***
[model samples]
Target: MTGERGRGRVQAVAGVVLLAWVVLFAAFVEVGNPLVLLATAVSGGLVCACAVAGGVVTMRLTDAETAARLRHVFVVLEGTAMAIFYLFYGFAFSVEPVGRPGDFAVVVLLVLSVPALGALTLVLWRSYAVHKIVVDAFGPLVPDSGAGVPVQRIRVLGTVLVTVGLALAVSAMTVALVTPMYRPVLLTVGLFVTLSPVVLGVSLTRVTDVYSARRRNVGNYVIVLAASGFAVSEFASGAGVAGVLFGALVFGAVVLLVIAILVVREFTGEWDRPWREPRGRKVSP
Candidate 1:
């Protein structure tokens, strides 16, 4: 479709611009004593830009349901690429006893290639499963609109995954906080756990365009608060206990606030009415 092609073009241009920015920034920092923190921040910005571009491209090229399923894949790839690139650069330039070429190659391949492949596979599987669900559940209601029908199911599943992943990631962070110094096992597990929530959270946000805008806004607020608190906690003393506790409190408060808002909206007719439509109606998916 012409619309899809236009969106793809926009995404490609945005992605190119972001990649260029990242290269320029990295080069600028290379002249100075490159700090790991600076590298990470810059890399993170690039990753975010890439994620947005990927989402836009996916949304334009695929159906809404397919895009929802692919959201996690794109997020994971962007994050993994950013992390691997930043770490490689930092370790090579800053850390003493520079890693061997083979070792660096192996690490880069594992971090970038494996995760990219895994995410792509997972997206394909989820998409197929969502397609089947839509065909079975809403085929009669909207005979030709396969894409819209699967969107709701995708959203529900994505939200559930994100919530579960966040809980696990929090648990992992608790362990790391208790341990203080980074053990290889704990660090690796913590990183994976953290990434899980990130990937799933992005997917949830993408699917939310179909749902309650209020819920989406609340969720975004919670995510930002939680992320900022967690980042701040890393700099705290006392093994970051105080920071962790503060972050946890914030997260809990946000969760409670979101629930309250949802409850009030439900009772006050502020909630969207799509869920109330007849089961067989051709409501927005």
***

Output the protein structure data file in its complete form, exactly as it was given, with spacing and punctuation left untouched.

[model samples]
Target: MTGERGRGRVQAVAGVVLLAWVVLFAAFVEVGNPLVLLATAVSGGLVCACAVAGGVVTMRLTDAETAARLRHVFVVLEGTAMAIFYLFYGFAFSVEPVGRPGDFAVVVLLVLSVPALGALTLVLWRSYAVHKIVVDAFGPLVPDSGAGVPVQRIRVLGTVLVTVGLALAVSAMTVALVTPMYRPVLLTVGLFVTLSPVVLGVSLTRVTDVYSARRRNVGNYVIVLAASGFAVSEFASGAGVAGVLFGALVFGAVVLLVIAILVVREFTGEWDRPWREPRGRKVSP
Candidate 1:
């Protein structure tokens, strides 16, 4: 479709611009004593830009349901690429006893290639499963609109995954906080756990365009608060206990606030009415 092609073009241009920015920034920092923190921040910005571009491209090229399923894949790839690139650069330039070429190659391949492949596979599987669900559940209601029908199911599943992943990631962070110094096992597990929530959270946000805008806004607020608190906690003393506790409190408060808002909206007719439509109606998916 012409619309899809236009969106793809926009995404490609945005992605190119972001990649260029990242290269320029990295080069600028290379002249100075490159700090790991600076590298990470810059890399993170690039990753975010890439994620947005990927989402836009996916949304334009695929159906809404397919895009929802692919959201996690794109997020994971962007994050993994950013992390691997930043770490490689930092370790090579800053850390003493520079890693061997083979070792660096192996690490880069594992971090970038494996995760990219895994995410792509997972997206394909989820998409197929969502397609089947839509065909079975809403085929009669909207005979030709396969894409819209699967969107709701995708959203529900994505939200559930994100919530579960966040809980696990929090648990992992608790362990790391208790341990203080980074053990290889704990660090690796913590990183994976953290990434899980990130990937799933992005997917949830993408699917939310179909749902309650209020819920989406609340969720975004919670995510930002939680992320900022967690980042701040890393700099705290006392093994970051105080920071962790503060972050946890914030997260809990946000969760409670979101629930309250949802409850009030439900009772006050502020909630969207799509869920109330007849089961067989051709409501927005």